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Ublox NEO-M9N GPS breakout board

Custom PCB created to test the u-blox NEO M9N GPS module

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This project is a custom PCB created to test the new u-blox NEO-M9N GPS. I want to study the circuit necessary to drive the NEO-M9N module and familiarize with the PCB design. The main goal is integrate the u-blox module in my GPS logger or any other personal project without having to buy and add an external board.

This project is a custom PCB created to test the new u-blox NEO-M9N GPS module. It is designed from scratch by studying the u-blox data sheet and integration manual.

The board has a built-in micro USB interface which can be used for both power supply and high speed data transfer. Connected to a computer can communicate with u-center: the u-blox GPS evaluation software for Windows. 

In order to power the module via USB, the jumper located on the side of the board must be closed. The board can also be powered providing 3.3V (jumper must be open) and controlled by using the UART (Tx, Rx) or I2C (SDA, SCL) breakout pins. It works great with the NeoGPS library for arduino.

There are two status LEDs: the green one indicates the power status, the blue one indicates the PPS. It starts to blink once the GPS has a valid fix.

The board contains an SMA antenna connector and a battery holder for hot module start to achieve a minimal time to first fix after a power down.

Please note that the design of the PCB is not optimal, in particular the RF trace coming from the antenna - as stated in the u-blox integration manual (page 85) - "must be shielded by vias to ground along the entire length of the trace". Also, the RF trace impedence was not calculated correctly and some other design mistakes. I will improve the design in a future version, but despite these mistakes the board works fine, please watch the cold start test for a demonstration.

I have tested the board with the following two antennas:

High performance active antenna

High Performance Active Quad Helix Antenna

Please check out the results on my GitHub page of the first quick comparison of two tracks recorded with this board and the NEO-M8N evaluation board that I purchased.

Gerber_PCB_v1.zip

Gerber files of version 1.0.

x-zip-compressed - 70.71 kB - 11/20/2021 at 23:40

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BOM_Ublox M9N custom board_2021-03-01_00-21-49.csv

BOM Bill Of Materials file of version 1.0.

Comma-Separated Values - 4.72 kB - 11/20/2021 at 23:38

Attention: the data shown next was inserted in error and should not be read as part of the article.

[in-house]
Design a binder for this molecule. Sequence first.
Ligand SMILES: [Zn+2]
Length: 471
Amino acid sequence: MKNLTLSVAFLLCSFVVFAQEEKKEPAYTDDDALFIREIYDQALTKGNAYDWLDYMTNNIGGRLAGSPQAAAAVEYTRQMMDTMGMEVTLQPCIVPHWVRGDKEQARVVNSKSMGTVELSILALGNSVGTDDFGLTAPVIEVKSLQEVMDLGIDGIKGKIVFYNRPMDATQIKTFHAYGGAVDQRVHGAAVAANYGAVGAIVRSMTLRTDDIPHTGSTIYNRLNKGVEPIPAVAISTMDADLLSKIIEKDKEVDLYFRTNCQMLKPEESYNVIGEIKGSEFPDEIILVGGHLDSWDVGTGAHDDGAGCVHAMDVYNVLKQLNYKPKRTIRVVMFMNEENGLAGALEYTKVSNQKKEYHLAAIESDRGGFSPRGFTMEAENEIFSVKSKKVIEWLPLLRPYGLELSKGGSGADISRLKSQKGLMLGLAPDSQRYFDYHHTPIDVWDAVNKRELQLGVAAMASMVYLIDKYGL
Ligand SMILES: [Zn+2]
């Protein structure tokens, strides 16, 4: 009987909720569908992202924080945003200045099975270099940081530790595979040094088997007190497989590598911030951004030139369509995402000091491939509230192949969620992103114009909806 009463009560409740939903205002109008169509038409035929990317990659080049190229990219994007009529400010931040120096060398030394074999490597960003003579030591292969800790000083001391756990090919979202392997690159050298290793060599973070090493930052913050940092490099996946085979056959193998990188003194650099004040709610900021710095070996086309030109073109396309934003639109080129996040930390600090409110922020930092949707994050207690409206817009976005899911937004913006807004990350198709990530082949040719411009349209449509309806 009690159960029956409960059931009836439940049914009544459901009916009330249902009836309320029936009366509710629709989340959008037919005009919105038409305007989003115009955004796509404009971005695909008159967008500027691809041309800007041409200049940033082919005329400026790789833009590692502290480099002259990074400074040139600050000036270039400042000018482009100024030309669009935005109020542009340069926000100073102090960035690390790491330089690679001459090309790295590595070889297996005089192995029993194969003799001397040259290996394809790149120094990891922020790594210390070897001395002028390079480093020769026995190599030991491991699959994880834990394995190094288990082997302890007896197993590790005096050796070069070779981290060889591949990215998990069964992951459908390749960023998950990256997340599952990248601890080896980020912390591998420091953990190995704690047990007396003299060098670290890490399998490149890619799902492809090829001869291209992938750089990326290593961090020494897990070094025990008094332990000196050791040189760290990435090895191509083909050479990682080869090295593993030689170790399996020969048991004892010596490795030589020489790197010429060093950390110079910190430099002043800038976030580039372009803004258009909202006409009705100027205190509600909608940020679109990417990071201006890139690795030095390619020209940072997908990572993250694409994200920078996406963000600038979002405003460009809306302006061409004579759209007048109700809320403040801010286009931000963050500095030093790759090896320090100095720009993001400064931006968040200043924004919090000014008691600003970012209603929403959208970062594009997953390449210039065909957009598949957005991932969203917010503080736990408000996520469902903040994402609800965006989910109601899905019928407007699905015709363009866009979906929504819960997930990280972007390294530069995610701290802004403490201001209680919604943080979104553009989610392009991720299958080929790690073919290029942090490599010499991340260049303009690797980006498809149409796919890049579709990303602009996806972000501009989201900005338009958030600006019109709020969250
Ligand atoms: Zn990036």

Download

Adobe Portable Document Format - 68.57 kB - 11/20/2021 at 23:36

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  • Cold start timing test

    nottheworstdev11/29/2021 at 00:26 0 comments

    I made a cold start test connecting the GPS module to the computer using the onboard USB connector. The u-center software immediately recognizes the module and starts to display the GPS data. 

    In this test the antenna doesn't have a full view of the sky because it is positioned on the window sill and the wall of the house is blocking the South portion of the sky. This is clearly visible from the Satellite Position View in the u-center map, only the upper half of the map shows the visible satellites. Despite the non-optimal position, 30 seconds for the cold start is pretty good. 

    The design of the board can be improved a lot, I made some mistakes calculating the RF trace impedence and some other mistakes caused by my little experience in PCB design.  U-blox did a great job with this module that seems to be very tolerant to noob mistakes.

    The test was made using this active antenna.

  • Second reflow attempt

    nottheworstdev11/28/2021 at 00:32 0 comments

    The second reflow attempt is a success. One of the key points to take into consideration when applying the solder paste is to make sure that the stencil adheres perfectly to the surface of the pcb. Apply the right amount of paste to cover all the pads by spreading it with a sufficient pressure by holding the squeegee with an angle of about 60 degrees to the stencil. Too much pressure can cause "bleeding" of the solder paste between the stencil and the PCB.

    Some of the pads, especially the ones of the GPS module, are shorted or "bridged" by the solder paste but it is fine. Once the hot plate starts to heat the board reaching the reflow temperature, the paste will be "attracted" by the pads and the solder mask ensures the separations.

  • First soldering attempt

    nottheworstdev11/21/2021 at 03:20 0 comments

    The GPS module is a 24 pin LCC (Leadless Chip Carrier) package which is almost impossible to solder using a conventional iron. I wanted to make experience with reflow soldering so I bought the Kester Lead Free No-Clean Solder Paste and this heating hot plate.

    Using the stencil I made all the possible mistakes applying the solder paste, the result was this ugly looking thing:

    Even though I was sceptical, all the passive components are soldered pretty well but the pins of the micro USB connector and the UL26 ESD protection chip are all shorted. I tried to fix them using the solder but eventually I decided to remove the GPS module by heating the board and make a second attempt paying attention to apply the solder paste correctly.

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